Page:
As a security professional, you need to test non-technical attack vectors within our engagement. We’ll look at different tools that we can use to bypass locks, motion sensors and even users themselves.
Security professionals tend to focus on the technical aspects of attacks and forget that infrastructures can be compromised by the non-technical hacks.
If non-technical attacks such as social engineering and physical security testing are within the scope of your pen-testing engagement, you will want to hold off on moving into active reconnaissance. In this course, Performing Non-Technical Tests for CompTIA PenTest+, you will gain the ability to truly evaluate the non-technical (digital) aspects of a penetration test. First, you will learn how social engineering can manipulate users into doing things they normally wouldn't do. Next, you will discover how easy it is to implement a USB drop and how effective it still is today. Finally, you will explore how to circumvent the physical security controls in place. When you’re finished with this course, you will increase your skills and knowledge as a security professional needed to perform non-technical penetration tests.
Dale Meredith has been a Certified Ethical Hacker/Instructor EC-Council for the past 15 years, and Microsoft Certified Trainer for over 20 years. Dale also has an additional 7 years of senior IT management experience and worked as a CTO for a popular ISP provider. Dale's expertise is in explaining difficult concepts and ensuring his students have an actionable knowledge of the course material.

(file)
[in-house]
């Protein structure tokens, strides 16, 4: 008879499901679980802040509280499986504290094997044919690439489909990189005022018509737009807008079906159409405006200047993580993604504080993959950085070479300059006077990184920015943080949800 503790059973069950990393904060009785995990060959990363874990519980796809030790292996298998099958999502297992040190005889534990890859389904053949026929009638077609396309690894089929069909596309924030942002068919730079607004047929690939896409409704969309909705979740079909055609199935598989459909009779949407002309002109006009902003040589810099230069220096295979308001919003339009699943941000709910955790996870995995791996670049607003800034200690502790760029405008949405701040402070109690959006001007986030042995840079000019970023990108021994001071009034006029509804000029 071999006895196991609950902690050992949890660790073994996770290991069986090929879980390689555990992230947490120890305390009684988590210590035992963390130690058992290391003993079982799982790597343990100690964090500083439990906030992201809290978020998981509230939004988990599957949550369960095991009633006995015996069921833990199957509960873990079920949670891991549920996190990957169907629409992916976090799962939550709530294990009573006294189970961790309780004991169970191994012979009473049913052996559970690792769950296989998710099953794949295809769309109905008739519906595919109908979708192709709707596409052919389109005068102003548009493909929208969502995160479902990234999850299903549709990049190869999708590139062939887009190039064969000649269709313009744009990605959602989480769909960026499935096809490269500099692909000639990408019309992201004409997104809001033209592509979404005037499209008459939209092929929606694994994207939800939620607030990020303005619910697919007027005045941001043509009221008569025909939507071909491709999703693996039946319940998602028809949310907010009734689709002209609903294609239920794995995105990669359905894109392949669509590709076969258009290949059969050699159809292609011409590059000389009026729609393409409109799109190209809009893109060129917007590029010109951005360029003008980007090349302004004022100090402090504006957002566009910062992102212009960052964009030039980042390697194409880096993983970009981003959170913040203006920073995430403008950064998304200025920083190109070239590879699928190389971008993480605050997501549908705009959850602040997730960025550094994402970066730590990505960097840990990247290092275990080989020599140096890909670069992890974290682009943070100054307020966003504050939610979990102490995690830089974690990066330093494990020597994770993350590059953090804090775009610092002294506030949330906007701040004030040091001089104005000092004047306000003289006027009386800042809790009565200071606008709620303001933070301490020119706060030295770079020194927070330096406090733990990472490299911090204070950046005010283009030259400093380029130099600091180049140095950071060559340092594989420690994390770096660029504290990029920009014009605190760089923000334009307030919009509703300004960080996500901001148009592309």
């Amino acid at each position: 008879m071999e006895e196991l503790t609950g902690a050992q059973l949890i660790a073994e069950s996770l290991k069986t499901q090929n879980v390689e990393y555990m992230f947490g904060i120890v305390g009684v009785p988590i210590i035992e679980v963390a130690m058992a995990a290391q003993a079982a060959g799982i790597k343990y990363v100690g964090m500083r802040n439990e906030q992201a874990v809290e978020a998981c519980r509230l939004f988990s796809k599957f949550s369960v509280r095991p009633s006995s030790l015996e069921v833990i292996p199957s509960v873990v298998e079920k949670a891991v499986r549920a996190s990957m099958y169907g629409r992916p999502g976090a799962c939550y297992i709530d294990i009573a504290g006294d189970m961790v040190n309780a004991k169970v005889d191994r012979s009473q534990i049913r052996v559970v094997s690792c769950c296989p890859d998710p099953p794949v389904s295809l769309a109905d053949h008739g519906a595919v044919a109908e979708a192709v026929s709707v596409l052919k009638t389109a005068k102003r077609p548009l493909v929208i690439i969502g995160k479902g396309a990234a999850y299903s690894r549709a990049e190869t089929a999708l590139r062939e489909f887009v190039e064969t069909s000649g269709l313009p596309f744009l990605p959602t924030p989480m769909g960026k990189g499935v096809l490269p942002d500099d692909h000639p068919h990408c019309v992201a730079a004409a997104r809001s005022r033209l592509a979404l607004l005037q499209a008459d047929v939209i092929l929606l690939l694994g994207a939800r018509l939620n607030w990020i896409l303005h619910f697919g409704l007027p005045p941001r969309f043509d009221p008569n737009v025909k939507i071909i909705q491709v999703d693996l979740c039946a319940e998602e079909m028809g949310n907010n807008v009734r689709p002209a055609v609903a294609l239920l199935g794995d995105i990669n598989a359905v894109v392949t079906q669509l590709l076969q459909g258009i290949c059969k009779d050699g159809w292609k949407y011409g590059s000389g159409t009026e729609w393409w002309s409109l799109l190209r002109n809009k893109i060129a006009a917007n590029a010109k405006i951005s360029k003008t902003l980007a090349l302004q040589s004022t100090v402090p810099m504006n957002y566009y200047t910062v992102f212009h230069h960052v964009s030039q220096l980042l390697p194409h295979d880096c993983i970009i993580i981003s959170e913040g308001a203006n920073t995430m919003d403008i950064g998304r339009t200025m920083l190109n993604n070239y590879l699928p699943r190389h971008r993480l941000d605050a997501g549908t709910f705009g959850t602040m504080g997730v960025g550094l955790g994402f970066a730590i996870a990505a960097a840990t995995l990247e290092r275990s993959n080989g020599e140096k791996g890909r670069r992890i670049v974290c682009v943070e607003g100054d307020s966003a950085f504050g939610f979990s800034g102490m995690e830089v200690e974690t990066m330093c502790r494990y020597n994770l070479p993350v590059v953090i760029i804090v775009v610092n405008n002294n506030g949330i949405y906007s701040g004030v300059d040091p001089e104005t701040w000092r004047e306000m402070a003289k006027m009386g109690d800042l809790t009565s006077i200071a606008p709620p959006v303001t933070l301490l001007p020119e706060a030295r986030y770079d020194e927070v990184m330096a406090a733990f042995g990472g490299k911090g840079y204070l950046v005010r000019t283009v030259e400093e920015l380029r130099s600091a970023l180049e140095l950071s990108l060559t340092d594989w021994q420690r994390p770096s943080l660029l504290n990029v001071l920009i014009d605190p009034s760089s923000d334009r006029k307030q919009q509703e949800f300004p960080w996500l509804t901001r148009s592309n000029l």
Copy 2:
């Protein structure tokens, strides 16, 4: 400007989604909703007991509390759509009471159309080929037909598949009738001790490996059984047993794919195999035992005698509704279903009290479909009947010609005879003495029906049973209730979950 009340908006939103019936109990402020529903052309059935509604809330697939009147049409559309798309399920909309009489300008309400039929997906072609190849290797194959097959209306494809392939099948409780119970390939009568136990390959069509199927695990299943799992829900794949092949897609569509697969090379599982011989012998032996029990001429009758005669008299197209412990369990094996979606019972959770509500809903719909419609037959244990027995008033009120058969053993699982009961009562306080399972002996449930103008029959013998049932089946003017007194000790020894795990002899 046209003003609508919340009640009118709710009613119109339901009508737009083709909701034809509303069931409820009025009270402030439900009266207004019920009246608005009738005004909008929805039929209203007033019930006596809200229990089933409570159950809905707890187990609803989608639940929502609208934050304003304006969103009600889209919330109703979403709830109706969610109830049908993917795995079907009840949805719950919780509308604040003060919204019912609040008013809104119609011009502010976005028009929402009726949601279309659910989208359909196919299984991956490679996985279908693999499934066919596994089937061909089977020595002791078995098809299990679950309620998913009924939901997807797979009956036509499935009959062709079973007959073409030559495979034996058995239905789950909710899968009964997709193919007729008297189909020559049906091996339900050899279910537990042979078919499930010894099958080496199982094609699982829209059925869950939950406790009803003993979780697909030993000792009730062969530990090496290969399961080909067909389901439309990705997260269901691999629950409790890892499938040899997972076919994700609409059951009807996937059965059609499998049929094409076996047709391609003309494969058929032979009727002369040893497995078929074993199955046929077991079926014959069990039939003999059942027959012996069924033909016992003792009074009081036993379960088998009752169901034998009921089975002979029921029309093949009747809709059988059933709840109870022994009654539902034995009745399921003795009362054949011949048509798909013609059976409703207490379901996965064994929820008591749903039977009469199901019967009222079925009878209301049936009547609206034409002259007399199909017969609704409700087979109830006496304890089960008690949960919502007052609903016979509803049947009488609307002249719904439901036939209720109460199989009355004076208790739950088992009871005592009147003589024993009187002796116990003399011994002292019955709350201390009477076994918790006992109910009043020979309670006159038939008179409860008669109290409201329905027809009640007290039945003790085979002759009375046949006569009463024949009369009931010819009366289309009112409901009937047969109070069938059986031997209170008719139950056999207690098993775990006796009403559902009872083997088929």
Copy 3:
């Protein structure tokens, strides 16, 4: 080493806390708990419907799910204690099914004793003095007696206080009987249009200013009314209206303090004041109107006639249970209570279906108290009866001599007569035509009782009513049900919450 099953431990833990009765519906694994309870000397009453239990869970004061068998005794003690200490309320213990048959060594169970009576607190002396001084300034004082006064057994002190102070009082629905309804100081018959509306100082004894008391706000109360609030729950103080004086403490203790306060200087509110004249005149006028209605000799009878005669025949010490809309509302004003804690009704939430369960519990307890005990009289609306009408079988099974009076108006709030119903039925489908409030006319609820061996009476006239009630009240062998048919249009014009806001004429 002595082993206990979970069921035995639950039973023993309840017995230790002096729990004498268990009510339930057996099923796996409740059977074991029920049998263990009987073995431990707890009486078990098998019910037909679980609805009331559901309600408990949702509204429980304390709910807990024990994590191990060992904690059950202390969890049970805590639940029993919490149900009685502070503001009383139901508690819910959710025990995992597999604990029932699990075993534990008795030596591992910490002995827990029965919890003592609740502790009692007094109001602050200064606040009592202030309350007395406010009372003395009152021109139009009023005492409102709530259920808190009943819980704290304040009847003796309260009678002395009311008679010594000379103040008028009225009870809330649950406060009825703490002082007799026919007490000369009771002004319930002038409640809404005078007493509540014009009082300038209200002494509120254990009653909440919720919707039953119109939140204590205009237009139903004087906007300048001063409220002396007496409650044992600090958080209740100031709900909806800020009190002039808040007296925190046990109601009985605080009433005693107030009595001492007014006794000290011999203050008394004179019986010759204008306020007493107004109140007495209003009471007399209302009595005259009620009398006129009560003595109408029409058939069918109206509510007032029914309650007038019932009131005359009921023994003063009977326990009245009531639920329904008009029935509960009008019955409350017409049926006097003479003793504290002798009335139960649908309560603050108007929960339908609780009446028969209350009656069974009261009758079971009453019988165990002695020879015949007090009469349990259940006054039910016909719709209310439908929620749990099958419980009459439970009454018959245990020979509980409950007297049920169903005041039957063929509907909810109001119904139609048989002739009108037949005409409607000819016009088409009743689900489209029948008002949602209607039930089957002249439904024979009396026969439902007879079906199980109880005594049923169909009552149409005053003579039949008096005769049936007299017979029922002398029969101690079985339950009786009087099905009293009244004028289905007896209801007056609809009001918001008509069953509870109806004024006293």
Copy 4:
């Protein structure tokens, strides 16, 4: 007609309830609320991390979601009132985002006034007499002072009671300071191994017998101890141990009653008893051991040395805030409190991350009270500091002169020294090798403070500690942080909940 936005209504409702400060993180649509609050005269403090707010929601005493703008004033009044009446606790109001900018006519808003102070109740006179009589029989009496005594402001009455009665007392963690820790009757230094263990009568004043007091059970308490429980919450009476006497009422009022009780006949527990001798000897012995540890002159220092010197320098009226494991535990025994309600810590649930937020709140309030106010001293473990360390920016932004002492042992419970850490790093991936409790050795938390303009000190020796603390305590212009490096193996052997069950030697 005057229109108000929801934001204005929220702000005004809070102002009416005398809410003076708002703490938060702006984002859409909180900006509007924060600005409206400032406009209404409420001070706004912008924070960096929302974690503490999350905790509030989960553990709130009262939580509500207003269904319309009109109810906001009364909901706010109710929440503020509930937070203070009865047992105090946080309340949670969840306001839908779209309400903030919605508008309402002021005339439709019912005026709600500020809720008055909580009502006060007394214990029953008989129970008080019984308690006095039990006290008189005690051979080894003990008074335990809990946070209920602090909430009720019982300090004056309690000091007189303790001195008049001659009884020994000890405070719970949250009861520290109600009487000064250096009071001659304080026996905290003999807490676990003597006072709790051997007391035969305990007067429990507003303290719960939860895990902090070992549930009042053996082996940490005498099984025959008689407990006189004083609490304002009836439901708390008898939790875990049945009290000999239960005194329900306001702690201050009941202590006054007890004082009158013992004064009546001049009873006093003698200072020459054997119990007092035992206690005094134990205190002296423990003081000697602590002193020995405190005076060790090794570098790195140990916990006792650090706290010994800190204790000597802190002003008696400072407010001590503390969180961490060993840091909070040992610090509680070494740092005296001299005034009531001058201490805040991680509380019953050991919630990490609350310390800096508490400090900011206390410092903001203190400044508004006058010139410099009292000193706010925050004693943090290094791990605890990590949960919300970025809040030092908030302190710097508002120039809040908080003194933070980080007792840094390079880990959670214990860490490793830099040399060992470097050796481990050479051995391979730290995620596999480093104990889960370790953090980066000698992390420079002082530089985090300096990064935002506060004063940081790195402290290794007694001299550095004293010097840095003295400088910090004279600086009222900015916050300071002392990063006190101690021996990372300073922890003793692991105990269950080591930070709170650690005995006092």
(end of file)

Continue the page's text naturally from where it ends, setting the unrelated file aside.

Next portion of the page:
Course Overview (Music) Hi, my name is Dale Meredith, and I want to welcome you all to my course, Performing Non-Technical Tests for CompTIA PenTest+. Now, this course is actually part of a series for the CompTIA PenTest+ Certification program. Hey, but don't worry, I'm going to go over and cover other information that's actually more real world here for you so that you get a little bit more bang for your buck. And this course is actually really fun. It's one of my favorites because it's about how to gain more information about your target in a PenTest without using a computer. Listen, if you're not familiar with this type of attack, you should be because attackers spend a lot of their time gathering information about their target through non-technical attacks. In fact, this type of an attack can expose some, shall we say, interesting opportunities. We're going to go through first and we'll learn about things like social engineering and understand why the attack method works so well. Then we'll go through and take a look at the infamous USB drop and how to successfully deploy your evil little minions. Then we'll really have some fun by attacking the physical aspects of the target including how to duplicate RFID badges, bypassing a locked door, yeah, and even using the Social-Engineering Toolkit to craft some really cool phishing campaigns. By the end of this course, you'll have all the skills and knowledge to perform your own non-technical attacks on your target, or maybe even your own company. But remember, just because you can doesn't mean you can. You have to get permission. Now, before you start this course, you should be somewhat familiar with basic network technologies. You should also be familiar with operating systems like Windows, as well as Kali Linux. And, you need to make sure that you go back and watch and set up, it's kind of a requirement, the lab environment from our course Laying the Foundation for Penetration Testing for CompTIA PenTest+. That's a long one, huh? Now after you watch this course, you should feel a lot more comfortable about diving into other courses within this series, including how to do active reconnaissance, as well as even hacking systems. You might even explore in the Ethical Hacking series. Listen, you can never have enough information, right? So, I hope you'll join me on this journey as we learn how to think and do things like attackers without getting caught because, hey, you're Performing Non-Technical Tests for CompTIA PenTest+, here at Pluralsight.